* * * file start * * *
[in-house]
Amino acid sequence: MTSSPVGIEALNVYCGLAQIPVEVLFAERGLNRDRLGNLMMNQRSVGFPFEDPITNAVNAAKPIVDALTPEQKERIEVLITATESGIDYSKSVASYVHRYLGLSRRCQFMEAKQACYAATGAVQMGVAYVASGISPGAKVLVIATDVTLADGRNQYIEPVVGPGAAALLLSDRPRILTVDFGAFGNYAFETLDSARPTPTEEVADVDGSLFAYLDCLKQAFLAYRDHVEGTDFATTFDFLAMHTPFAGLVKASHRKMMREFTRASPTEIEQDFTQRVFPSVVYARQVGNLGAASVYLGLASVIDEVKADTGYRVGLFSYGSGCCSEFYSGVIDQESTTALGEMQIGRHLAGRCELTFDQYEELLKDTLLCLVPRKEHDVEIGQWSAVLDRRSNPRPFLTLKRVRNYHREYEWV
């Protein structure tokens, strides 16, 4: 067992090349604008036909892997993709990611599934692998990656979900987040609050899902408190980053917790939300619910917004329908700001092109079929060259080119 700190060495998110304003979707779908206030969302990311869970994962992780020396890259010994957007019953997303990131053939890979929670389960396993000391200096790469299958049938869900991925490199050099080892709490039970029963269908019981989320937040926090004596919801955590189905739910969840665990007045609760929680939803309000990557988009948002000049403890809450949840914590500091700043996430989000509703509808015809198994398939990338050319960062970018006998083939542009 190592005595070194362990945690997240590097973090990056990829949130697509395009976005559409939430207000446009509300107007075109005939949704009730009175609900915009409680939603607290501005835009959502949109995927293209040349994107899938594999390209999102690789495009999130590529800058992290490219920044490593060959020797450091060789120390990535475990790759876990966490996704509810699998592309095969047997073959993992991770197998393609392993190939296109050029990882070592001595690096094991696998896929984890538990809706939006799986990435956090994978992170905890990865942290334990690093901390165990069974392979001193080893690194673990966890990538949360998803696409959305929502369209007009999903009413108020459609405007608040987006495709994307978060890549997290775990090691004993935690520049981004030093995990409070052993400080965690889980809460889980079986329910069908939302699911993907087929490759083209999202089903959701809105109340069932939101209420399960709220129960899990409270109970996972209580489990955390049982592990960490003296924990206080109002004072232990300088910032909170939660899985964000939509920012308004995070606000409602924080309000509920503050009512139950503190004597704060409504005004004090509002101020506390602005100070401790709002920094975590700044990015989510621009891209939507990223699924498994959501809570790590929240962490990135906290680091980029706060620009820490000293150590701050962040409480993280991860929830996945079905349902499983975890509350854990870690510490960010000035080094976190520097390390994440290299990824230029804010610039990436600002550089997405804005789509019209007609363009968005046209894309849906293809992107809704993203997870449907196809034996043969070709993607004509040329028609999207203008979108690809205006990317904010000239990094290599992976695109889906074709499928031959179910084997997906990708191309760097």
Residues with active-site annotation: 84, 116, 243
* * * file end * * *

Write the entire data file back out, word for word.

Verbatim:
[in-house]
Amino acid sequence: MTSSPVGIEALNVYCGLAQIPVEVLFAERGLNRDRLGNLMMNQRSVGFPFEDPITNAVNAAKPIVDALTPEQKERIEVLITATESGIDYSKSVASYVHRYLGLSRRCQFMEAKQACYAATGAVQMGVAYVASGISPGAKVLVIATDVTLADGRNQYIEPVVGPGAAALLLSDRPRILTVDFGAFGNYAFETLDSARPTPTEEVADVDGSLFAYLDCLKQAFLAYRDHVEGTDFATTFDFLAMHTPFAGLVKASHRKMMREFTRASPTEIEQDFTQRVFPSVVYARQVGNLGAASVYLGLASVIDEVKADTGYRVGLFSYGSGCCSEFYSGVIDQESTTALGEMQIGRHLAGRCELTFDQYEELLKDTLLCLVPRKEHDVEIGQWSAVLDRRSNPRPFLTLKRVRNYHREYEWV
């Protein structure tokens, strides 16, 4: 067992090349604008036909892997993709990611599934692998990656979900987040609050899902408190980053917790939300619910917004329908700001092109079929060259080119 700190060495998110304003979707779908206030969302990311869970994962992780020396890259010994957007019953997303990131053939890979929670389960396993000391200096790469299958049938869900991925490199050099080892709490039970029963269908019981989320937040926090004596919801955590189905739910969840665990007045609760929680939803309000990557988009948002000049403890809450949840914590500091700043996430989000509703509808015809198994398939990338050319960062970018006998083939542009 190592005595070194362990945690997240590097973090990056990829949130697509395009976005559409939430207000446009509300107007075109005939949704009730009175609900915009409680939603607290501005835009959502949109995927293209040349994107899938594999390209999102690789495009999130590529800058992290490219920044490593060959020797450091060789120390990535475990790759876990966490996704509810699998592309095969047997073959993992991770197998393609392993190939296109050029990882070592001595690096094991696998896929984890538990809706939006799986990435956090994978992170905890990865942290334990690093901390165990069974392979001193080893690194673990966890990538949360998803696409959305929502369209007009999903009413108020459609405007608040987006495709994307978060890549997290775990090691004993935690520049981004030093995990409070052993400080965690889980809460889980079986329910069908939302699911993907087929490759083209999202089903959701809105109340069932939101209420399960709220129960899990409270109970996972209580489990955390049982592990960490003296924990206080109002004072232990300088910032909170939660899985964000939509920012308004995070606000409602924080309000509920503050009512139950503190004597704060409504005004004090509002101020506390602005100070401790709002920094975590700044990015989510621009891209939507990223699924498994959501809570790590929240962490990135906290680091980029706060620009820490000293150590701050962040409480993280991860929830996945079905349902499983975890509350854990870690510490960010000035080094976190520097390390994440290299990824230029804010610039990436600002550089997405804005789509019209007609363009968005046209894309849906293809992107809704993203997870449907196809034996043969070709993607004509040329028609999207203008979108690809205006990317904010000239990094290599992976695109889906074709499928031959179910084997997906990708191309760097």
Residues with active-site annotation: 84, 116, 243